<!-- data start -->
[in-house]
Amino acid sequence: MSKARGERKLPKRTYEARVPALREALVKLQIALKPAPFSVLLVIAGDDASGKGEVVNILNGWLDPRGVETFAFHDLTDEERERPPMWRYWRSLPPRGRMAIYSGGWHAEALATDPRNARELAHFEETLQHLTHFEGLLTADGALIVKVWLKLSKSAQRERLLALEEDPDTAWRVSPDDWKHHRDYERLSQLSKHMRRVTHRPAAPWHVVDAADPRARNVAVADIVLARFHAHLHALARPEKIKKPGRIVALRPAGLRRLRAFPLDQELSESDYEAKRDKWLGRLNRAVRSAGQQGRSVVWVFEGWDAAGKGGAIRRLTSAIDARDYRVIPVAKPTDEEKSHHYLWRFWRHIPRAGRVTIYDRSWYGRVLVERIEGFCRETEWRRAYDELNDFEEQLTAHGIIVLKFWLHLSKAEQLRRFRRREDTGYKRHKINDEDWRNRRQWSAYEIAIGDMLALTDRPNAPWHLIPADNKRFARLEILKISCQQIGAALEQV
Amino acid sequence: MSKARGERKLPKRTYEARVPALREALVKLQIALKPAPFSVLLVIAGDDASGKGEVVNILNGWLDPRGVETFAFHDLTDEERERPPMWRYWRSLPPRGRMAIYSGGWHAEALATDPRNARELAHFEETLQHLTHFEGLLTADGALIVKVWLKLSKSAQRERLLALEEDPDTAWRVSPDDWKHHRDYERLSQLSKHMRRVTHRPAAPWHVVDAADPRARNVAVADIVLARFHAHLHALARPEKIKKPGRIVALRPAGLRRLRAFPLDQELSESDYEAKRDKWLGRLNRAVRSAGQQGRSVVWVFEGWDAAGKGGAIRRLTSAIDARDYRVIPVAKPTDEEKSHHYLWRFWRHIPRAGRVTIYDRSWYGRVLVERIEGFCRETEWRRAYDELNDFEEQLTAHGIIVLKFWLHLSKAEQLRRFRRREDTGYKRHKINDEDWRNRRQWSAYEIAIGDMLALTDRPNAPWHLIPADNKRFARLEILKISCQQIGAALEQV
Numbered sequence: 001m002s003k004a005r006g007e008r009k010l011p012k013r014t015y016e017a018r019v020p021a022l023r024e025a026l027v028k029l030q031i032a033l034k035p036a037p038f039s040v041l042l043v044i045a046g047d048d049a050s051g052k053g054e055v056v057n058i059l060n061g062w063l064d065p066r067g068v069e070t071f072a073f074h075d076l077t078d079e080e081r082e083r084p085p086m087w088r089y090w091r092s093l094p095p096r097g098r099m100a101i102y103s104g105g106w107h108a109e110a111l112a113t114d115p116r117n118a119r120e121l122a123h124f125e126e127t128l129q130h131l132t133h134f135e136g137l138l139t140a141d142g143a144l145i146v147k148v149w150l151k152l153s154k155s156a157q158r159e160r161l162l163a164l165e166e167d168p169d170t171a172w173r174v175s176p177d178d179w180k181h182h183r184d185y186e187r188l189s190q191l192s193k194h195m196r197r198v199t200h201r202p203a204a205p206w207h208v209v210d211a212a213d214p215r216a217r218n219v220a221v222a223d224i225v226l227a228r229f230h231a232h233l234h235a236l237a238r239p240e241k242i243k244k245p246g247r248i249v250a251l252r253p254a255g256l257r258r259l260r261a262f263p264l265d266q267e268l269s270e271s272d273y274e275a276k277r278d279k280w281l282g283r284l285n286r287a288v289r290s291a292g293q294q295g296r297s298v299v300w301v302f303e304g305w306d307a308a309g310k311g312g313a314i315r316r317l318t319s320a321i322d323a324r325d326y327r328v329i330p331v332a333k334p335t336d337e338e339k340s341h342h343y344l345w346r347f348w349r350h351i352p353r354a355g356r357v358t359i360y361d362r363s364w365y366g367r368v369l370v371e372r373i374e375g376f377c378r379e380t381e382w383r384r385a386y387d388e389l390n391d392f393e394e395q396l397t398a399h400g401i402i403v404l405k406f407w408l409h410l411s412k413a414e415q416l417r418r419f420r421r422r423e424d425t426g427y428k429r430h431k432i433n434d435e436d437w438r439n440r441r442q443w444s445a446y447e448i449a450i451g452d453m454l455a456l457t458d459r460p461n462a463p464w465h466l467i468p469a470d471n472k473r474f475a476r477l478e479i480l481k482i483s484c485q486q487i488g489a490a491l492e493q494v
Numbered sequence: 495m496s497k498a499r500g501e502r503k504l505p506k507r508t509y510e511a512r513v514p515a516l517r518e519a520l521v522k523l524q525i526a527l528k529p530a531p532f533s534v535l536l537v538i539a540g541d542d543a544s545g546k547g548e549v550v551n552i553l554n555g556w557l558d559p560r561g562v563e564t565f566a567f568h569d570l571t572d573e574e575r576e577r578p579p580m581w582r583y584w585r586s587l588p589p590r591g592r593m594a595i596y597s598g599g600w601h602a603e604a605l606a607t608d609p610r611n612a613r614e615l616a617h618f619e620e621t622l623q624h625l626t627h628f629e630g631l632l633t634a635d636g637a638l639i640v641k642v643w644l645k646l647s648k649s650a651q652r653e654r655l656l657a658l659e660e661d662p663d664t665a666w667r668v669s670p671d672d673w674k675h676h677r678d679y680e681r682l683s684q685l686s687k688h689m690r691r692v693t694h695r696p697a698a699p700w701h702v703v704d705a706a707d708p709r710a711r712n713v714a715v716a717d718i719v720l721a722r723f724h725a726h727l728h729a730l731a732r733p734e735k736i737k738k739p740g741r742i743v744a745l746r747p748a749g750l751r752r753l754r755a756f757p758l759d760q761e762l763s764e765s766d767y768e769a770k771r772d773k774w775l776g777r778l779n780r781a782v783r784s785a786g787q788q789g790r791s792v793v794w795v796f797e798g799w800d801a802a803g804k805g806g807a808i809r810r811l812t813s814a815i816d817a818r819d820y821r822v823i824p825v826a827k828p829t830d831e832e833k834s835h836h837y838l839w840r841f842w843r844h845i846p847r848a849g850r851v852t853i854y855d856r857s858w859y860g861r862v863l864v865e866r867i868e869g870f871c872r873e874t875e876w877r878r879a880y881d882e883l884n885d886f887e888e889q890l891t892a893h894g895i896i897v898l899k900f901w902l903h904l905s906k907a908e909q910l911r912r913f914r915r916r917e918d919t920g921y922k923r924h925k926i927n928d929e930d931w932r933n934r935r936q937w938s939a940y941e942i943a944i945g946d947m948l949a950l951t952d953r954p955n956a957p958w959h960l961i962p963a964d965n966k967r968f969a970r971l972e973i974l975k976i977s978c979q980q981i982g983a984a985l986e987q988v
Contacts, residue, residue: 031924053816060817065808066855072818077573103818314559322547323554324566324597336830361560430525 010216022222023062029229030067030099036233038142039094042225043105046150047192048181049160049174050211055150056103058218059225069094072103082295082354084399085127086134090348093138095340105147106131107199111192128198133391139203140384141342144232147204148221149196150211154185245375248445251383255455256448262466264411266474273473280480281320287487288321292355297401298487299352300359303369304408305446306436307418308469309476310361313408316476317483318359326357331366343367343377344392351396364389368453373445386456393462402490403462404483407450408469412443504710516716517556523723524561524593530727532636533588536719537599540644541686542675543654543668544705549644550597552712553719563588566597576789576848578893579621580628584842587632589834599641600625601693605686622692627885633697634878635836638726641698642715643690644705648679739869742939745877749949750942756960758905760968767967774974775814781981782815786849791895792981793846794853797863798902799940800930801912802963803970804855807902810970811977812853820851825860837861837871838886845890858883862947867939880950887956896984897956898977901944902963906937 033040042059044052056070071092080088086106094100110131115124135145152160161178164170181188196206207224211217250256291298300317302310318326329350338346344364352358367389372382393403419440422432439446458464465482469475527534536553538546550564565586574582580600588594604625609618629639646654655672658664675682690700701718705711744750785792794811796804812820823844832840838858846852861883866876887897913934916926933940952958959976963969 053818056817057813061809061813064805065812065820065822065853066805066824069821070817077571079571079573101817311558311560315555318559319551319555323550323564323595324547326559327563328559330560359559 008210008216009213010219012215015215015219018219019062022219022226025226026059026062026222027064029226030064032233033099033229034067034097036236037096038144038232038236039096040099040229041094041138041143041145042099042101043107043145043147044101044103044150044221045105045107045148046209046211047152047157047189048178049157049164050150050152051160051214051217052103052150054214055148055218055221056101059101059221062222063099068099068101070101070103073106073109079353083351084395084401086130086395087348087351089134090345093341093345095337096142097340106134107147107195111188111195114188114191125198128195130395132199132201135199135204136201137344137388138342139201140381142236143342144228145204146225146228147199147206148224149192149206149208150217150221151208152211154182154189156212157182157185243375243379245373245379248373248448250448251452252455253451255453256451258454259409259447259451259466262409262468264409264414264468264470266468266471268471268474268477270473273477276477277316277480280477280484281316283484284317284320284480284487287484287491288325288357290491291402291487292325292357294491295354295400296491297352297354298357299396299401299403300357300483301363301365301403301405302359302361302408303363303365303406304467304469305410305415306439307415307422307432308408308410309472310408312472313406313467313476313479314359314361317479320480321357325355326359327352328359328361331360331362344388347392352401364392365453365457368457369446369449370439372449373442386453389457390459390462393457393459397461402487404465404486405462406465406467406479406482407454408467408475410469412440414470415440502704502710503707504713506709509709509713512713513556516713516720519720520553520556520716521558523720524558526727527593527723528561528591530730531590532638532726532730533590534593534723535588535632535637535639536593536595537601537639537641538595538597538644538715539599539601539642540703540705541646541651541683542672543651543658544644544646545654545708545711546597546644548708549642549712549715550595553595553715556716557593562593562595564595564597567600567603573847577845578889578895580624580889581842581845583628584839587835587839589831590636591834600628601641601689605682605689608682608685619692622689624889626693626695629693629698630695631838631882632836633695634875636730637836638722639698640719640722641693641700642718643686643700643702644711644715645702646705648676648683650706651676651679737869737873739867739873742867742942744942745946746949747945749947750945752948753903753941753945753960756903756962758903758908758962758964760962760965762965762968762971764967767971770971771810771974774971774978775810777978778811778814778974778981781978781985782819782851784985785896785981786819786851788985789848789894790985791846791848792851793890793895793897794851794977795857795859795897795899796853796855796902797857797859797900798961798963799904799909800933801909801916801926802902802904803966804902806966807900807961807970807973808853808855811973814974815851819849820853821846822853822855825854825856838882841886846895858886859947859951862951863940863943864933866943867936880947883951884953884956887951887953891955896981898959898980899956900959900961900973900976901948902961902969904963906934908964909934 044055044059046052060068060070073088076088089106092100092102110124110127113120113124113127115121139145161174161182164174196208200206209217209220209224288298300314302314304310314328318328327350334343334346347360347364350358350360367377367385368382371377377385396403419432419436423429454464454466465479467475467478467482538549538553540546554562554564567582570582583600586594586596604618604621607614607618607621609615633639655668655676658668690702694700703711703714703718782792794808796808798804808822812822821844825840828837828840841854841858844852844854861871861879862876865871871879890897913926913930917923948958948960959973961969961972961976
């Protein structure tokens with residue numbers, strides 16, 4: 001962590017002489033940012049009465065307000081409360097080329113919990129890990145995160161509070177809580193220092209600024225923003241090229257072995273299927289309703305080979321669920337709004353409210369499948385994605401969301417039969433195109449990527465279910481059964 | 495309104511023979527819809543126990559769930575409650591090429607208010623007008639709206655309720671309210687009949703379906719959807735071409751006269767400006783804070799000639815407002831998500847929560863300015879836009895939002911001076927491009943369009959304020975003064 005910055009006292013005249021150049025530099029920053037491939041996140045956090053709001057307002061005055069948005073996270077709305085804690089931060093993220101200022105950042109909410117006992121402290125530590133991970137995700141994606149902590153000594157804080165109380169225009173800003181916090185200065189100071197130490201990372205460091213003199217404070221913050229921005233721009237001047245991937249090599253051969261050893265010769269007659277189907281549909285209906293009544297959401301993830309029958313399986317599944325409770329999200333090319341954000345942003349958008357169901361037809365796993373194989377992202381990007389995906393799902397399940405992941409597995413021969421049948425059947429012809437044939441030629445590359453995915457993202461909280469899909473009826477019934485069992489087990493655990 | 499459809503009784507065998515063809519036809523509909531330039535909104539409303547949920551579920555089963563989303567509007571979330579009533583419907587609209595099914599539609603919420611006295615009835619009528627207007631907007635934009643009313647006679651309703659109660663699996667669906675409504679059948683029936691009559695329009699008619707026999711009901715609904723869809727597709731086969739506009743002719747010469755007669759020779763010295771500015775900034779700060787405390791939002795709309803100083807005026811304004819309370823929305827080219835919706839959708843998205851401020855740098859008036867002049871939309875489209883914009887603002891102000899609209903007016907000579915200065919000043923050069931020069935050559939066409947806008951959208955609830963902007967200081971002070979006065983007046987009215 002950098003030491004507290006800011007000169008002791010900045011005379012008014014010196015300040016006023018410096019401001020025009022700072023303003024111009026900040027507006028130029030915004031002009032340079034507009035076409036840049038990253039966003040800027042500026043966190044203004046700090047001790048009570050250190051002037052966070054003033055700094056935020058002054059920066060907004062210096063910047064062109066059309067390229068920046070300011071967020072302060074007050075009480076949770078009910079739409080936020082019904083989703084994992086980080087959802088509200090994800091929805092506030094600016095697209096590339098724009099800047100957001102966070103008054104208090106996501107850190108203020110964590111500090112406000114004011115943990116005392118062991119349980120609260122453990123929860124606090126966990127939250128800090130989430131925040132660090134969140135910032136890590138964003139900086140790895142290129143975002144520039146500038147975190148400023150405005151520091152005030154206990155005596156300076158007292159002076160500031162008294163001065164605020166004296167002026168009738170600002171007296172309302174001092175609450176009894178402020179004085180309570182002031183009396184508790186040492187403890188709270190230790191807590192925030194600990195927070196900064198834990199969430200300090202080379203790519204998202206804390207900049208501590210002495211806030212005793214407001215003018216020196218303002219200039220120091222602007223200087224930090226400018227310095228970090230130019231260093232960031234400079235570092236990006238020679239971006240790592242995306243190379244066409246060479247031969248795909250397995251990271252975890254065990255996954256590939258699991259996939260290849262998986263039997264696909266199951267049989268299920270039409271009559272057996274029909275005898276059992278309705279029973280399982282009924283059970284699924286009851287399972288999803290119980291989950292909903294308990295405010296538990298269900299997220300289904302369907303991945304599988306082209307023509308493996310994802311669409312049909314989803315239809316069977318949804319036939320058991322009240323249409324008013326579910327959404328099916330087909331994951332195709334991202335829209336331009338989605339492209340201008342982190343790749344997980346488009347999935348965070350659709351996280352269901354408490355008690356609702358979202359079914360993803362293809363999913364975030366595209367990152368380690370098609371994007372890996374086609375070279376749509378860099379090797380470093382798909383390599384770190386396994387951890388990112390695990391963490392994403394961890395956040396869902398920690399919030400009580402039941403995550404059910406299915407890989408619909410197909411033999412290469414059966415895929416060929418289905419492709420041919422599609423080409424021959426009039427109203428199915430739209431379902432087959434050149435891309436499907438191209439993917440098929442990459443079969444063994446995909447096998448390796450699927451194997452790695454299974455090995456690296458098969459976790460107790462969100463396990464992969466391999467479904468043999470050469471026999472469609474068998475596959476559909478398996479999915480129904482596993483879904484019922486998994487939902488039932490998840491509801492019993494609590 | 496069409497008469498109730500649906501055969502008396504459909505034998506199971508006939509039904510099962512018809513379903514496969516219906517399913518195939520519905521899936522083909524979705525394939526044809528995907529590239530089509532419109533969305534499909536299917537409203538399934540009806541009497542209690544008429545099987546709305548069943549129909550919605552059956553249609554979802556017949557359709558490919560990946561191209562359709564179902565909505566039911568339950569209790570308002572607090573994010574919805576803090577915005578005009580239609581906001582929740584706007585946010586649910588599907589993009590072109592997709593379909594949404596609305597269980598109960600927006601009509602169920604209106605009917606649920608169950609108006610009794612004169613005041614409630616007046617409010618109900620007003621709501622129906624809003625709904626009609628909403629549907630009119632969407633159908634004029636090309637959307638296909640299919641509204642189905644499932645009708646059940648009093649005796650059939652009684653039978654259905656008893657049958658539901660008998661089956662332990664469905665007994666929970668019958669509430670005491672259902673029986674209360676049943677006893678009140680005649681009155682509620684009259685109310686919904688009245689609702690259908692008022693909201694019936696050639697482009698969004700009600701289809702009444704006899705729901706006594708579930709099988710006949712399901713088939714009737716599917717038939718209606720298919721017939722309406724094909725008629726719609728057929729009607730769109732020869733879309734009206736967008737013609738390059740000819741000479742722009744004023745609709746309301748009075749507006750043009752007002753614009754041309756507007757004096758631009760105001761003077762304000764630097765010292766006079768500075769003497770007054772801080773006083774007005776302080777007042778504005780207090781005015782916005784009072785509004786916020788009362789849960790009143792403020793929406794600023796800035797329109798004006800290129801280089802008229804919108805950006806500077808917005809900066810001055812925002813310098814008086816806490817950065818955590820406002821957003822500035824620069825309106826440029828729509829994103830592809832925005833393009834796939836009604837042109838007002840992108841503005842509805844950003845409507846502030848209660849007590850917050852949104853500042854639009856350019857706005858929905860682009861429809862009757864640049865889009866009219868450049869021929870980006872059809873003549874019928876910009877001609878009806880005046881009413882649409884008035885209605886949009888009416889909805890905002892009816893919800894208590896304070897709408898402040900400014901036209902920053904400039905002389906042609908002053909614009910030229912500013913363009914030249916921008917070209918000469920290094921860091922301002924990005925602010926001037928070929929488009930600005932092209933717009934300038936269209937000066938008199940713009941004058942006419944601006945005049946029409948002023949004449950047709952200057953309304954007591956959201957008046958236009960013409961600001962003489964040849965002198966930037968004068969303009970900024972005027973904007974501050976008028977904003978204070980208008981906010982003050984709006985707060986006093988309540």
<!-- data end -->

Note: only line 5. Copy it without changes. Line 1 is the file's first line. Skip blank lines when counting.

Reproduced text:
Numbered sequence: 495m496s497k498a499r500g501e502r503k504l505p506k507r508t509y510e511a512r513v514p515a516l517r518e519a520l521v522k523l524q525i526a527l528k529p530a531p532f533s534v535l536l537v538i539a540g541d542d543a544s545g546k547g548e549v550v551n552i553l554n555g556w557l558d559p560r561g562v563e564t565f566a567f568h569d570l571t572d573e574e575r576e577r578p579p580m581w582r583y584w585r586s587l588p589p590r591g592r593m594a595i596y597s598g599g600w601h602a603e604a605l606a607t608d609p610r611n612a613r614e615l616a617h618f619e620e621t622l623q624h625l626t627h628f629e630g631l632l633t634a635d636g637a638l639i640v641k642v643w644l645k646l647s648k649s650a651q652r653e654r655l656l657a658l659e660e661d662p663d664t665a666w667r668v669s670p671d672d673w674k675h676h677r678d679y680e681r682l683s684q685l686s687k688h689m690r691r692v693t694h695r696p697a698a699p700w701h702v703v704d705a706a707d708p709r710a711r712n713v714a715v716a717d718i719v720l721a722r723f724h725a726h727l728h729a730l731a732r733p734e735k736i737k738k739p740g741r742i743v744a745l746r747p748a749g750l751r752r753l754r755a756f757p758l759d760q761e762l763s764e765s766d767y768e769a770k771r772d773k774w775l776g777r778l779n780r781a782v783r784s785a786g787q788q789g790r791s792v793v794w795v796f797e798g799w800d801a802a803g804k805g806g807a808i809r810r811l812t813s814a815i816d817a818r819d820y821r822v823i824p825v826a827k828p829t830d831e832e833k834s835h836h837y838l839w840r841f842w843r844h845i846p847r848a849g850r851v852t853i854y855d856r857s858w859y860g861r862v863l864v865e866r867i868e869g870f871c872r873e874t875e876w877r878r879a880y881d882e883l884n885d886f887e888e889q890l891t892a893h894g895i896i897v898l899k900f901w902l903h904l905s906k907a908e909q910l911r912r913f914r915r916r917e918d919t920g921y922k923r924h925k926i927n928d929e930d931w932r933n934r935r936q937w938s939a940y941e942i943a944i945g946d947m948l949a950l951t952d953r954p955n956a957p958w959h960l961i962p963a964d965n966k967r968f969a970r971l972e973i974l975k976i977s978c979q980q981i982g983a984a985l986e987q988v